Elysium Movie Review 0 108

Elysium movie review

Former TV commercial director Neill Blomkamp turned his hand to feature filmmaking a few years ago with the terrific District 9, a deft combination of political and sci-fi ideas mixed with exciting action brought to life with impressive (for the relatively low $30 million budget) visual effects.

Now he’s back with the enigmatically titled Elysium, a much grander scale (read: expensive) sci-fi action film that might lack a certain quality that made District 9 so special but is still an admirably ambitious, visually spectacular and often very entertaining film nonetheless.

Set in the year 2154, Elysium takes place in a world where two classes of people exist: the very wealthy who live on the immaculate space station of the title – enjoying everything from perfect homes to “med bays” that can cure illness instantly – and everyone else i.e. the poor who live back down on a ruined and over-populated Earth.

We specifically follow Max (Matt Damon), a factory worker who gets exposed to radiation so in order to try and cure himself he attempts to find a way onto the heavily guarded Elysium up above. In his desperation he accepts a mission from a rebel faction of the population that not only could save his own life but bring equality to the lives of everyone.

There have been many movies in recent years tackling pressing environmental issues, from Pixar’s WALL-E to this year’s Tom Cruise sci-fi actioner Oblivion, to name but a couple. Elysium is one of the more successful examples of taking these issues and exaggerating them on a big scale, with Blomkamp’s dystopian world at once out of reach and all too believable.

Amid the dazzling special effects and (often surprisingly brutal) violence the film tackles ideas of wealth (in)equality, a government’s influence over its people and fairness in healthcare. It can sometimes feel like its banging you over the head with its messages and ultimately just uses them as a backdrop (excuse?) for the action. Nevertheless it’s nice to have a big-budget film like this that actually has something going on between the ears.

It takes a while to get going, spending much of its first half establishing the world and its rules with some heavy-handed exposition. But once it hits its stride action-wise, it’s highly entertaining stuff, all leading towards an exhilarating last half hour that – some issues with unnecessary shaky cam aside – jumps a final hurdle at which a lot of summer blockbusters fall.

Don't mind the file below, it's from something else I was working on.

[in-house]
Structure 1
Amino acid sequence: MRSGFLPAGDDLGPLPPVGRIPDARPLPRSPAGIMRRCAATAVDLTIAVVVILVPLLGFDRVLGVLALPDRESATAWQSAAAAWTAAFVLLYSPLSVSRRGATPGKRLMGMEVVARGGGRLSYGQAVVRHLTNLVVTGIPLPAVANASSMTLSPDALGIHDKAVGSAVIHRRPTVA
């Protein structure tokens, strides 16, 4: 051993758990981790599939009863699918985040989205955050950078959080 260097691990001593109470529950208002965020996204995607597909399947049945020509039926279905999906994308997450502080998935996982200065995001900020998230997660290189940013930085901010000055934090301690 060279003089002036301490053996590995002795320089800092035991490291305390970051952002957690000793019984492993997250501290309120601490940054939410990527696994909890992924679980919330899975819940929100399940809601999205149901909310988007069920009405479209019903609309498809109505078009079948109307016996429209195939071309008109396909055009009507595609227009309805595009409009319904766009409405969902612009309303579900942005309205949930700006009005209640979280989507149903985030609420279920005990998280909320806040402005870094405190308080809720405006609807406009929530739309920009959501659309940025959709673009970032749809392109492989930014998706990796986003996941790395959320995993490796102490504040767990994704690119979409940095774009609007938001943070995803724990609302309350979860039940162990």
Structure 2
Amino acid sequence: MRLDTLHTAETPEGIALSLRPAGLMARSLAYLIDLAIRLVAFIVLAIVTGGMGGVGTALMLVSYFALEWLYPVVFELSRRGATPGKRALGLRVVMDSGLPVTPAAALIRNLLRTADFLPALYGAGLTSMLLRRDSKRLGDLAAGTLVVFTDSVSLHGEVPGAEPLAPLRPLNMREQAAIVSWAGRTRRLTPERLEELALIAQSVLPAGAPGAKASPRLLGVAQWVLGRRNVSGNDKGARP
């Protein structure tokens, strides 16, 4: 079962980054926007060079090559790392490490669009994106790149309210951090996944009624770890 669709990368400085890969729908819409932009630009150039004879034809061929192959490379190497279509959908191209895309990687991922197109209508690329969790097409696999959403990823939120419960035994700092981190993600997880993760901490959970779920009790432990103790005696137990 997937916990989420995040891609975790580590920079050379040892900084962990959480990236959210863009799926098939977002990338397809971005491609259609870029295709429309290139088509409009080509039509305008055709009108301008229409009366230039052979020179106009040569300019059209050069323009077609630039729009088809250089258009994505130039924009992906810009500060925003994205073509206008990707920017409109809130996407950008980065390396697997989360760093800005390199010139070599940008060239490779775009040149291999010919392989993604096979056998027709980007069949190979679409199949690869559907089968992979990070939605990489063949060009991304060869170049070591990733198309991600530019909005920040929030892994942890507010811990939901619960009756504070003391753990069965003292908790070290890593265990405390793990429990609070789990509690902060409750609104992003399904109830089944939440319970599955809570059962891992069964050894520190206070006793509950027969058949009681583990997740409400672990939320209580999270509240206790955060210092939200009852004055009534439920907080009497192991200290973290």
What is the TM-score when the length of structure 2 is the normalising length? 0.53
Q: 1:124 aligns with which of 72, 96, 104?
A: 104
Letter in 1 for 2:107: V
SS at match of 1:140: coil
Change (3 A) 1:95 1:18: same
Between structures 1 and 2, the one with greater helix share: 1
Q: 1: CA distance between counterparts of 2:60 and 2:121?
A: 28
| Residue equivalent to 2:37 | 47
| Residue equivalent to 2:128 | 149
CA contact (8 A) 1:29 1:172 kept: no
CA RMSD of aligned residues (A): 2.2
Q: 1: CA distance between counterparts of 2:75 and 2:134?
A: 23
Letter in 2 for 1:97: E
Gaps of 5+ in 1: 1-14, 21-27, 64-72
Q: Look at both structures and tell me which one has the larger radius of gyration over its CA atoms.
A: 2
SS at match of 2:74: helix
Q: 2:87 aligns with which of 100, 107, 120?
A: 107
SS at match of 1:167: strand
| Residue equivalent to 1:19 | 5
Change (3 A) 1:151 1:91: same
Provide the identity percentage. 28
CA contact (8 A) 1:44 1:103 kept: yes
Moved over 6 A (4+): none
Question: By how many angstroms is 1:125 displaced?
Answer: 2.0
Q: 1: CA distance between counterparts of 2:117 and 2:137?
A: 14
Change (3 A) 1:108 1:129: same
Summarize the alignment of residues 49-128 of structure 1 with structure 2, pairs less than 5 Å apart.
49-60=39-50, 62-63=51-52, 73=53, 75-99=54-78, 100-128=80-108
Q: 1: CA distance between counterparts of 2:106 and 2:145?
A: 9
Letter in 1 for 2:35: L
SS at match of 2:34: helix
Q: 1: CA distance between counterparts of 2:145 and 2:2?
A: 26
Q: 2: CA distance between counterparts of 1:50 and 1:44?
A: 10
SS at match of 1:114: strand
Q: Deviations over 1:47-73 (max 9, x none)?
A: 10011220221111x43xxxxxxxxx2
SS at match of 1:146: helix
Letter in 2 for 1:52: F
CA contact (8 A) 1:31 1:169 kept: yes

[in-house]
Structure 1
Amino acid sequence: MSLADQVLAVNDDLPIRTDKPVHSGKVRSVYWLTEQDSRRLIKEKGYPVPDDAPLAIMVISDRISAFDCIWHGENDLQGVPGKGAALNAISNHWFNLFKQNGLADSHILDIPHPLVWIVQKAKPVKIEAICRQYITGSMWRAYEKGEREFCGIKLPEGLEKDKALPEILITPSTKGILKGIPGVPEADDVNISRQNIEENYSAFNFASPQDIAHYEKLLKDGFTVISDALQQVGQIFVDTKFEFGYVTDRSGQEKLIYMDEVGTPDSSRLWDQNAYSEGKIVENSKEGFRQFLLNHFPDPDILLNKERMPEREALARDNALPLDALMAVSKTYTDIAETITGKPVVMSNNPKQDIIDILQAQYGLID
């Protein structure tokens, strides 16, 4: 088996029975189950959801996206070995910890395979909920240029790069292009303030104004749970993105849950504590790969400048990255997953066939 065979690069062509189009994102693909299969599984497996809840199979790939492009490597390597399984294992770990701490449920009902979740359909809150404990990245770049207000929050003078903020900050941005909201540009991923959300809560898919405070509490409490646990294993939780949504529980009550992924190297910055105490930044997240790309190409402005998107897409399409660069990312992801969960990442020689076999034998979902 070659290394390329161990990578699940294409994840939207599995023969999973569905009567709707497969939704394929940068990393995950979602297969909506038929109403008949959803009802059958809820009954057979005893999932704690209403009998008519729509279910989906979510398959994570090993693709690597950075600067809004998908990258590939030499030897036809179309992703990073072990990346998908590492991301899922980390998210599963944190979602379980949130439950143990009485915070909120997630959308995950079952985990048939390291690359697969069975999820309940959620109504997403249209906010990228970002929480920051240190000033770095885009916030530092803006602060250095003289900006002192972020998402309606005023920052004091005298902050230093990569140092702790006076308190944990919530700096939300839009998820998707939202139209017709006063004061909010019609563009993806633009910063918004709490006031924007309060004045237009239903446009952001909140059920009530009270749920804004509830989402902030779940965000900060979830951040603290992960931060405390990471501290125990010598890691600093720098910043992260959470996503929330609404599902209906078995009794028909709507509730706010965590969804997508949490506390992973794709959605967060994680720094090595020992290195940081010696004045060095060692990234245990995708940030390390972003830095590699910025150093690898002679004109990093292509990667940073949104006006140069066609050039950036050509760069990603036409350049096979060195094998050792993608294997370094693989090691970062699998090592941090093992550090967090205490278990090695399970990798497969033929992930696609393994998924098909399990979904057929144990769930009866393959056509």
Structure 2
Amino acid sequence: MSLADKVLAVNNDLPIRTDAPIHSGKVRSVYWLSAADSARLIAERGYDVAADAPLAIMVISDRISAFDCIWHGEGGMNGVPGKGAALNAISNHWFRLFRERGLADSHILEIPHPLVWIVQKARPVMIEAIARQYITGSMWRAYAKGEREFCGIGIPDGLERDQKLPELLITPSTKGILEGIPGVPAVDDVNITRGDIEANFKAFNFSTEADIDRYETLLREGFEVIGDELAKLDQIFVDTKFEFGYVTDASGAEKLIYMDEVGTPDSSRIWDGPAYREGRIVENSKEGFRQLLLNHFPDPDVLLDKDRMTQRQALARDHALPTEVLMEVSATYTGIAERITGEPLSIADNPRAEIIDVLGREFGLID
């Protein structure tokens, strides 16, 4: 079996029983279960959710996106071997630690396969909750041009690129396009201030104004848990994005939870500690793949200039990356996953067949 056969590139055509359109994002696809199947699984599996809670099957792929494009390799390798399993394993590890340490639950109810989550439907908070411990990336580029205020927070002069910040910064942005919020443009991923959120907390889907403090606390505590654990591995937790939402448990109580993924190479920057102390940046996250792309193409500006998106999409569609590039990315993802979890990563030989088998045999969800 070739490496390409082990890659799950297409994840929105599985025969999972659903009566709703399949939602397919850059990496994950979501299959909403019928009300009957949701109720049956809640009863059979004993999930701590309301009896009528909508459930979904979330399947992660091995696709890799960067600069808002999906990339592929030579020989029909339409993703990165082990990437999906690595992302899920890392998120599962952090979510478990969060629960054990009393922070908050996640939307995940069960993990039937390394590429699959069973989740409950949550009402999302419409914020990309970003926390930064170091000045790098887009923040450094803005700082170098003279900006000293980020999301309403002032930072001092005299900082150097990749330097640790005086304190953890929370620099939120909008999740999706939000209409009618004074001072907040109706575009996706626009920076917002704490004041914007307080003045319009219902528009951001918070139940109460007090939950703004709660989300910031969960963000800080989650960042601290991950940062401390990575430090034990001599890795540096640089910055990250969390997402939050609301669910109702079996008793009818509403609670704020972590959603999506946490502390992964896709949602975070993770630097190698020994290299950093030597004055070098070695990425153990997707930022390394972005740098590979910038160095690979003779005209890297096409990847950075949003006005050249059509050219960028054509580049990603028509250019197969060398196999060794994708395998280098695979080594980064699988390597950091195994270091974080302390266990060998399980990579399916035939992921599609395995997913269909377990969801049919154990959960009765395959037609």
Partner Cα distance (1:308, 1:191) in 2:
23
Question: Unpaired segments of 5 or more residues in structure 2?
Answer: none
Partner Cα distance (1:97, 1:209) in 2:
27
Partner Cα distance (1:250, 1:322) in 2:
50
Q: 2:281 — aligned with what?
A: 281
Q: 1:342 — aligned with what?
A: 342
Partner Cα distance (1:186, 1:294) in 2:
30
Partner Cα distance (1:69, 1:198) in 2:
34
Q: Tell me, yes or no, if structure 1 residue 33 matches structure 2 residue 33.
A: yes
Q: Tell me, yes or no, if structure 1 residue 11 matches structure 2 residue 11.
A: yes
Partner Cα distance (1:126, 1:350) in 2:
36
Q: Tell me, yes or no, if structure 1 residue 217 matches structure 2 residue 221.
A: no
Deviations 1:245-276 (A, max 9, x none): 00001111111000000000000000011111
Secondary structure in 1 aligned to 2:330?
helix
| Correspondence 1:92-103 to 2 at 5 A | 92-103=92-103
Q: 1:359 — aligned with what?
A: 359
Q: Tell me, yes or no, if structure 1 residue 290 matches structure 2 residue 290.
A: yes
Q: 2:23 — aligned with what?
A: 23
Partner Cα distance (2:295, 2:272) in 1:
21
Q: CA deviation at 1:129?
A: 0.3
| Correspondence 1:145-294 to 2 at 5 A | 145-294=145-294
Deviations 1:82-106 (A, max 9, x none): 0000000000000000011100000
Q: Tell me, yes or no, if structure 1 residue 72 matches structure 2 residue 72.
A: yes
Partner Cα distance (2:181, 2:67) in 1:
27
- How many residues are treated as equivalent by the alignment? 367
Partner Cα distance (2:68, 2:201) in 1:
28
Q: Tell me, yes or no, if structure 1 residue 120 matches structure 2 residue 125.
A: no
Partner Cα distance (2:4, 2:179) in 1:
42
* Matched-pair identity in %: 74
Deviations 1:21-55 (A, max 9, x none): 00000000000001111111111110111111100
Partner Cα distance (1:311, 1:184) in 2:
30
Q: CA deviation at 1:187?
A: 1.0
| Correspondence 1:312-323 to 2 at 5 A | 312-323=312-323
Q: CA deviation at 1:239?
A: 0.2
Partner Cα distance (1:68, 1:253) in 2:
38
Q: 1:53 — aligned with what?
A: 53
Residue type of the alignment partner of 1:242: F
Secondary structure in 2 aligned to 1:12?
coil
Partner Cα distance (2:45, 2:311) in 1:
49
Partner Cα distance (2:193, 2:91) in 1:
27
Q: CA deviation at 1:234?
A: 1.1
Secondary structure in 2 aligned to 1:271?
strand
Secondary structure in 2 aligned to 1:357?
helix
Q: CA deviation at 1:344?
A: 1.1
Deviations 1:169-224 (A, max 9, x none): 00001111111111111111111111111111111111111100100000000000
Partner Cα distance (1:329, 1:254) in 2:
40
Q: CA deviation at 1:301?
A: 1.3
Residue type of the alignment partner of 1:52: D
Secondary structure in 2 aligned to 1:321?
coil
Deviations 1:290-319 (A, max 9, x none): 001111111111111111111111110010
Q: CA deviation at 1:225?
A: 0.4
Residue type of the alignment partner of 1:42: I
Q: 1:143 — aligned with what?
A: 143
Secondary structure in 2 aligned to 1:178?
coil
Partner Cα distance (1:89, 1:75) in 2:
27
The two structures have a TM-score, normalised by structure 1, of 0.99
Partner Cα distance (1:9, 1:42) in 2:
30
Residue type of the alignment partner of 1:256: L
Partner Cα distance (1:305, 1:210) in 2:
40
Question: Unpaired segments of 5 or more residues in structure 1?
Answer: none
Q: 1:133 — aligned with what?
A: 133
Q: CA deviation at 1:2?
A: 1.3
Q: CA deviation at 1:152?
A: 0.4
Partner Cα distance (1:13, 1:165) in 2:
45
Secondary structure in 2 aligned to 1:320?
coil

Those who’ve seen District 9 – and I imagine many of those interested in seeing Elysium will be big fans – will find many overall similarities in the plot. Indeed this does hit many of the same beats as that film; for instance, the main character being on the run with a physically enhanced body and the ability to use special technology. And in a way it takes what was done then and explodes it onto a bigger, clearly far more expensive canvas. It means that this isn’t quite the original sci-fi we were presented when Blomkamp introduced himself as a filmmaker. It provides more spectacle but maybe not as much heart and soul.

What Elysium does have over District 9, however, are some very clear villains. We have Jodie Foster as a sort of high-ranking government minister charged with protecting Elysium’s borders from illegal immigrants. Her ropey British accent threatens her coldly threatening quality but she effectively represents the selfish, controlling government who literally rule from the sky. Though technically on the same side, her character is the antithesis of the ruthless and frankly badass Kruger (played by District 9 star Sharlto Copley), a kind of governmental assassin sent to take care of whatever problem is occurring back down on Earth. With his grubby appearance, menacing stare and heavy South African accent, he’s a rather special villain that provides an interesting dynamic to the action as he chases down Damon’s determined Max (who is looking like his character from Eurotrip has had some bad luck in life), later on providing for one of the summer movie season’s most visually unique fight sequences.